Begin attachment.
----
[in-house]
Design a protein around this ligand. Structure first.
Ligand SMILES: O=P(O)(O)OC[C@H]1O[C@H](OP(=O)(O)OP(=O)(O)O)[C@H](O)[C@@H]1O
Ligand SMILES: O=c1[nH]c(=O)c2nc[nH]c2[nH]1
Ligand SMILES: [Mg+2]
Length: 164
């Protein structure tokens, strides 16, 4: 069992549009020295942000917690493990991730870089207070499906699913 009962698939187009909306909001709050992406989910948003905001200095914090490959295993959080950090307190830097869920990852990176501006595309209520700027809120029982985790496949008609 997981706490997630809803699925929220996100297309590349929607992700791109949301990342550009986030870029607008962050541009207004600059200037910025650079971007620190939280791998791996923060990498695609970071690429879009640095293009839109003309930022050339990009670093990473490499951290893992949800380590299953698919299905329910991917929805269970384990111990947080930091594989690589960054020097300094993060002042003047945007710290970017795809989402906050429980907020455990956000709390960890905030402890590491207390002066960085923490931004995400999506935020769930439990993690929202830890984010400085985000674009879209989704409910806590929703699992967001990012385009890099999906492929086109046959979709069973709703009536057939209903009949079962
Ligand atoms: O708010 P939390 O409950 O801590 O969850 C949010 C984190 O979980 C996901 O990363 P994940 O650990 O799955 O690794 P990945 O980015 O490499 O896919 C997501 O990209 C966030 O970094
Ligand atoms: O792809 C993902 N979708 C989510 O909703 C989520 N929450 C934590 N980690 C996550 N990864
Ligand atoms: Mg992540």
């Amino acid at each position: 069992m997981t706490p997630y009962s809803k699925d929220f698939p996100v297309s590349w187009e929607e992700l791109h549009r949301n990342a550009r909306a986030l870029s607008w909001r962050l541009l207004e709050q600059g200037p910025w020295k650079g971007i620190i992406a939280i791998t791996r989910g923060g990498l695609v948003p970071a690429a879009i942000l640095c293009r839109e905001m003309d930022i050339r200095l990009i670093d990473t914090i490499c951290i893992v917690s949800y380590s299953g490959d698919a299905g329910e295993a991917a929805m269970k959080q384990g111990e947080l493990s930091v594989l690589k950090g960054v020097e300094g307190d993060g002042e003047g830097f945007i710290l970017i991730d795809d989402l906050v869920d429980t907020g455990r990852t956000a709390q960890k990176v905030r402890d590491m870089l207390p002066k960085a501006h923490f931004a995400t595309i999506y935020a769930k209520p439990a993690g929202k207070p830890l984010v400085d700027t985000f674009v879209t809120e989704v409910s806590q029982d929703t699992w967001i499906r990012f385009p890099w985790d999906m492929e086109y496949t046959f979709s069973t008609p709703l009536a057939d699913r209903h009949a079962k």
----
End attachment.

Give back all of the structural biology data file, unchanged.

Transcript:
[in-house]
Design a protein around this ligand. Structure first.
Ligand SMILES: O=P(O)(O)OC[C@H]1O[C@H](OP(=O)(O)OP(=O)(O)O)[C@H](O)[C@@H]1O
Ligand SMILES: O=c1[nH]c(=O)c2nc[nH]c2[nH]1
Ligand SMILES: [Mg+2]
Length: 164
């Protein structure tokens, strides 16, 4: 069992549009020295942000917690493990991730870089207070499906699913 009962698939187009909306909001709050992406989910948003905001200095914090490959295993959080950090307190830097869920990852990176501006595309209520700027809120029982985790496949008609 997981706490997630809803699925929220996100297309590349929607992700791109949301990342550009986030870029607008962050541009207004600059200037910025650079971007620190939280791998791996923060990498695609970071690429879009640095293009839109003309930022050339990009670093990473490499951290893992949800380590299953698919299905329910991917929805269970384990111990947080930091594989690589960054020097300094993060002042003047945007710290970017795809989402906050429980907020455990956000709390960890905030402890590491207390002066960085923490931004995400999506935020769930439990993690929202830890984010400085985000674009879209989704409910806590929703699992967001990012385009890099999906492929086109046959979709069973709703009536057939209903009949079962
Ligand atoms: O708010 P939390 O409950 O801590 O969850 C949010 C984190 O979980 C996901 O990363 P994940 O650990 O799955 O690794 P990945 O980015 O490499 O896919 C997501 O990209 C966030 O970094
Ligand atoms: O792809 C993902 N979708 C989510 O909703 C989520 N929450 C934590 N980690 C996550 N990864
Ligand atoms: Mg992540």
């Amino acid at each position: 069992m997981t706490p997630y009962s809803k699925d929220f698939p996100v297309s590349w187009e929607e992700l791109h549009r949301n990342a550009r909306a986030l870029s607008w909001r962050l541009l207004e709050q600059g200037p910025w020295k650079g971007i620190i992406a939280i791998t791996r989910g923060g990498l695609v948003p970071a690429a879009i942000l640095c293009r839109e905001m003309d930022i050339r200095l990009i670093d990473t914090i490499c951290i893992v917690s949800y380590s299953g490959d698919a299905g329910e295993a991917a929805m269970k959080q384990g111990e947080l493990s930091v594989l690589k950090g960054v020097e300094g307190d993060g002042e003047g830097f945007i710290l970017i991730d795809d989402l906050v869920d429980t907020g455990r990852t956000a709390q960890k990176v905030r402890d590491m870089l207390p002066k960085a501006h923490f931004a995400t595309i999506y935020a769930k209520p439990a993690g929202k207070p830890l984010v400085d700027t985000f674009v879209t809120e989704v409910s806590q029982d929703t699992w967001i499906r990012f385009p890099w985790d999906m492929e086109y496949t046959f979709s069973t008609p709703l009536a057939d699913r209903h009949a079962k």